June 7th, 2013 | Kate Thomas | Source: Workplace Fairness
Lack of nondiscrimination protections.
There’s no federal law – and only a minority of states – that provide explicit protections for LGBT workers. In 29 states, state law allows private employers to fire someone based on their sexual orientation — and based on their gender identity in 34 states. Progress has perhaps also been impeded by the fact that 87% of Americans think that it is already illegal under federal law to fire someone simply for being LGBT.
Higher levels of education lower unemployment rates.
The National Transgender Discrimination Survey found that although transgender workers are more highly educated than the general population, their unemployment rates were twice the rate of the population as a whole–with rates for transgender people of color reaching as high as 4x the national unemployment rate
Family and medical leave.
LGBT workers are denied equal access to unpaid leave to provide care for a same-sex spouse or partner. Transgender workers are often denied medical leave for transition-related medical care.
Family health benefits.
An employer that extends family health benefits to married opposite-sex couples can legally deny that same coverage to married and unmarried same-sex couples. When LGBT workers do receive these benefits, middle-income families pay an estimated $3,200 in extra taxes for the same benefits that heterosexual workers get tax-free.
Spousal retirement benefits.
LGBT workers are systematically denied Social Security spousal benefits designed to protect workers’ families during their retirement years. This costs retired same-sex couples up to $14,484 per year and a surviving same-sex widow or widower up to $28,968 per year.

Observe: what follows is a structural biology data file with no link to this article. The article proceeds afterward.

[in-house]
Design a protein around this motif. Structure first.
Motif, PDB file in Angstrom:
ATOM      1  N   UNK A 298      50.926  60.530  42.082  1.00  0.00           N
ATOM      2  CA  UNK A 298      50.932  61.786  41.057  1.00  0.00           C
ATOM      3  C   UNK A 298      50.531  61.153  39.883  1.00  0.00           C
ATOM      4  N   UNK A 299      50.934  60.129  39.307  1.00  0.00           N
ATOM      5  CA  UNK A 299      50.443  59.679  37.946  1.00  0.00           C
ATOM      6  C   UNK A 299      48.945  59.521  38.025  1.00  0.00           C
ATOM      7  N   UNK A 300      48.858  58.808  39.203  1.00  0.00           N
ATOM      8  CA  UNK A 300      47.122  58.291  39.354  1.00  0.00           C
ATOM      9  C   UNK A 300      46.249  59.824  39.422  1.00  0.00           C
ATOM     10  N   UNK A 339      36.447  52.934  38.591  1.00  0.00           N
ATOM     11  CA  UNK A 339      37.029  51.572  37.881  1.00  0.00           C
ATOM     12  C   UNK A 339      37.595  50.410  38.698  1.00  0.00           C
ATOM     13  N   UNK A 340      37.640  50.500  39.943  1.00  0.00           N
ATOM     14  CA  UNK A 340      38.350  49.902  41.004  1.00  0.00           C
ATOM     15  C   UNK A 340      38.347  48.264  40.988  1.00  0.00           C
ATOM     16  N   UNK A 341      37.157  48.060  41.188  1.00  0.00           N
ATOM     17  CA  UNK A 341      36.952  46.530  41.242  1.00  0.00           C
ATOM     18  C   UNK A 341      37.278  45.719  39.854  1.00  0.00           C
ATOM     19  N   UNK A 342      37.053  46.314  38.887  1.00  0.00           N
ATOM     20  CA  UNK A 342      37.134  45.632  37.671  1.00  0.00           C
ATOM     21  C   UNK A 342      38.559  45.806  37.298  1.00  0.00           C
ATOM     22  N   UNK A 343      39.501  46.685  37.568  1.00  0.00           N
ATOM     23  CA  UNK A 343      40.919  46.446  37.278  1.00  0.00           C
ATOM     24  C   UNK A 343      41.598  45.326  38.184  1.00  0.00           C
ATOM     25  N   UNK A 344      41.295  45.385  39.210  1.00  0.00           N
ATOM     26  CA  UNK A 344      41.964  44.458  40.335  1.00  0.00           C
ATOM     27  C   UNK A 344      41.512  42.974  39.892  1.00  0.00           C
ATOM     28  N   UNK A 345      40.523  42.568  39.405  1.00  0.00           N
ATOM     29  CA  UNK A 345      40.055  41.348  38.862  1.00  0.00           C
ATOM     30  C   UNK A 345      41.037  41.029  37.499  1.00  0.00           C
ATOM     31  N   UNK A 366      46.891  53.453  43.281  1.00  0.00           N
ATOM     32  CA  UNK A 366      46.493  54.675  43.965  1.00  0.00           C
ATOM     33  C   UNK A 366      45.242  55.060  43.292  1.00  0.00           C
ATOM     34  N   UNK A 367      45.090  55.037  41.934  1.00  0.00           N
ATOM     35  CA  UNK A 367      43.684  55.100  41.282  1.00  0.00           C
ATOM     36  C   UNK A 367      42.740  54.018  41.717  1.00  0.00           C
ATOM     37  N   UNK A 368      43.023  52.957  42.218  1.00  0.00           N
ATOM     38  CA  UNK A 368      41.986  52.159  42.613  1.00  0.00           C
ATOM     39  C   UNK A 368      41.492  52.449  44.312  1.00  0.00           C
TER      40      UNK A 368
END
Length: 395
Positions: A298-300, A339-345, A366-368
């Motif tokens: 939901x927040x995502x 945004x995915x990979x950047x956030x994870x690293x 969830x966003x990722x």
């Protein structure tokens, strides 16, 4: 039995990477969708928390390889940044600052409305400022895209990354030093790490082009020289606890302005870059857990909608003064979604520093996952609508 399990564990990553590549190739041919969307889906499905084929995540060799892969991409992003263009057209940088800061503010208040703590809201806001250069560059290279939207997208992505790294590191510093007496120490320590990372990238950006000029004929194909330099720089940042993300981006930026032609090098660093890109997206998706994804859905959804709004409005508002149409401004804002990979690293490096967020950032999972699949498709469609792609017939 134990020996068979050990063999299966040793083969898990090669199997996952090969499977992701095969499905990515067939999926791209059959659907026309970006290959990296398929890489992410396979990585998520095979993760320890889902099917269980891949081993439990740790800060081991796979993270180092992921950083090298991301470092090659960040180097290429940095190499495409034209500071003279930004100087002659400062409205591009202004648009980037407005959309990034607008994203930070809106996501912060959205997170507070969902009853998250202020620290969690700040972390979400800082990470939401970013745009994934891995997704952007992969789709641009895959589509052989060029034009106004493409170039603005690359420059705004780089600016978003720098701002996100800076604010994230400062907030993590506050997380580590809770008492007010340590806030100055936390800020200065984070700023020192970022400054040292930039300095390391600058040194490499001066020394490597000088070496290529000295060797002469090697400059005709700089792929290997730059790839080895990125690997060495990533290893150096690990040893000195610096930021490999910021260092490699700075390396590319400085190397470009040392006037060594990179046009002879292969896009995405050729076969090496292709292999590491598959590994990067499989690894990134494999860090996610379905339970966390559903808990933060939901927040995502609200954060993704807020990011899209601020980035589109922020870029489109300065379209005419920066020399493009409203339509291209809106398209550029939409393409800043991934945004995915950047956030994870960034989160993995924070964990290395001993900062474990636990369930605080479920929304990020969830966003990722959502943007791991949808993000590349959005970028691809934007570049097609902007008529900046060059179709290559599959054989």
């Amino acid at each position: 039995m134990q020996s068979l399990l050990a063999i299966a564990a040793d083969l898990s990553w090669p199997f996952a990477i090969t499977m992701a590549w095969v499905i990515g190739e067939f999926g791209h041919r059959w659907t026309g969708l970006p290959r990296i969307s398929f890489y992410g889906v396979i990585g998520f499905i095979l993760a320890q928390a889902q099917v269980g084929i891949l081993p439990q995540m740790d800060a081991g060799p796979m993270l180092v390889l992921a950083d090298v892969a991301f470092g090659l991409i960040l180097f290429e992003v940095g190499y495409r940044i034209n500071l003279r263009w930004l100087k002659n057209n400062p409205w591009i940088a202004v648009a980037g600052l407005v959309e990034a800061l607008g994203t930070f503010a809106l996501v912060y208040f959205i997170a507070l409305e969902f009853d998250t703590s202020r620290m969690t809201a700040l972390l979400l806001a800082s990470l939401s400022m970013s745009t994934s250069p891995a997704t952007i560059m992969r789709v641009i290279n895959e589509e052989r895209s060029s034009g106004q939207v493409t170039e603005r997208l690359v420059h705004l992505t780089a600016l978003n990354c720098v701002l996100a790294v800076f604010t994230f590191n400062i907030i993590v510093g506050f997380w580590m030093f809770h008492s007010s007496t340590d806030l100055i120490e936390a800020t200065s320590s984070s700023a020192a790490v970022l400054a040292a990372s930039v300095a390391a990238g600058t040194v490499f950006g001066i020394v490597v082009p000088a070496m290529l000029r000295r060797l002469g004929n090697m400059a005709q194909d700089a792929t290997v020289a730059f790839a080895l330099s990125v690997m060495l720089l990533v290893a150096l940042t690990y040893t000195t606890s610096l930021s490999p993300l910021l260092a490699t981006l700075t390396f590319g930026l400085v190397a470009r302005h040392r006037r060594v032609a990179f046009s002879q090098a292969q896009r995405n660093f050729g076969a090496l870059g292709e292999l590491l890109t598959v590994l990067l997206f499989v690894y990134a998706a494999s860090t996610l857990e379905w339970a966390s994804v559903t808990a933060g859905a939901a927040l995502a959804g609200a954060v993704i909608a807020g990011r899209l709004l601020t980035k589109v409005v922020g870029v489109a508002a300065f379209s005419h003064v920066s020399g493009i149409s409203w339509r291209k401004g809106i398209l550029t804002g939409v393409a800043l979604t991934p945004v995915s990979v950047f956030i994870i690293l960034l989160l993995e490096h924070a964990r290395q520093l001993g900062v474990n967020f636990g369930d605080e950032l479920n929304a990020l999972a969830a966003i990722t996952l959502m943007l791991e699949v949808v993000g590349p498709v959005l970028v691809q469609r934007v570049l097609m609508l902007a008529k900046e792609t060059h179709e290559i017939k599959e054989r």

Death and disability benefits.
If an LGBT worker dies or becomes disabled, the worker’s same-sex spouse–and in some cases, his or her children–will be denied Social Security disability and survivor benefits, costing a surviving spouse with two children as much as $29,520 in annual benefits.
Even if same-sex couples were granted the right to marry in all 50 states tomorrow, it would still be perfectly legal to fire someone for being gay under federal law and in a majority of states.
“The public increasingly gets that discrimination based on sexual orientation or gender identity is flat wrong, and it’s past time for our work place and public policies to catch up with public sentiment,” Mary Kay Henry, President of SEIU, said in a statement. “LGBTQ workers and their families deserve the same workplace protections and benefits as other workers and their families.”
This comprehensive report shows why it’s long past time for Congress and President Obama to take action to give LGBT workers the freedom to build a successful career without fear of harassment or discrimination based on who they are or who they love.
This report was created in coordination with a coalition of leading LGBT organizations, policy experts and business advocates that include the Movement Advancement Project (MAP), the Center for American Progress (CAP) and the Human Rights Campaign (HRC), in partnership with Freedom to Work, National Center for Transgender Equality, National Partnership for Women and Families, Out and Equal Workplace Advocates and SEIU.
A Broken Bargain: Discrimination, Fewer Benefits, and More Taxes for LGBT Workers – Read and/or download the full report and the executive summary at http://lgbtmap.org/lgbt-workers.
This article was originally printed on SEIU on June 4, 2013. Reprinted with permission.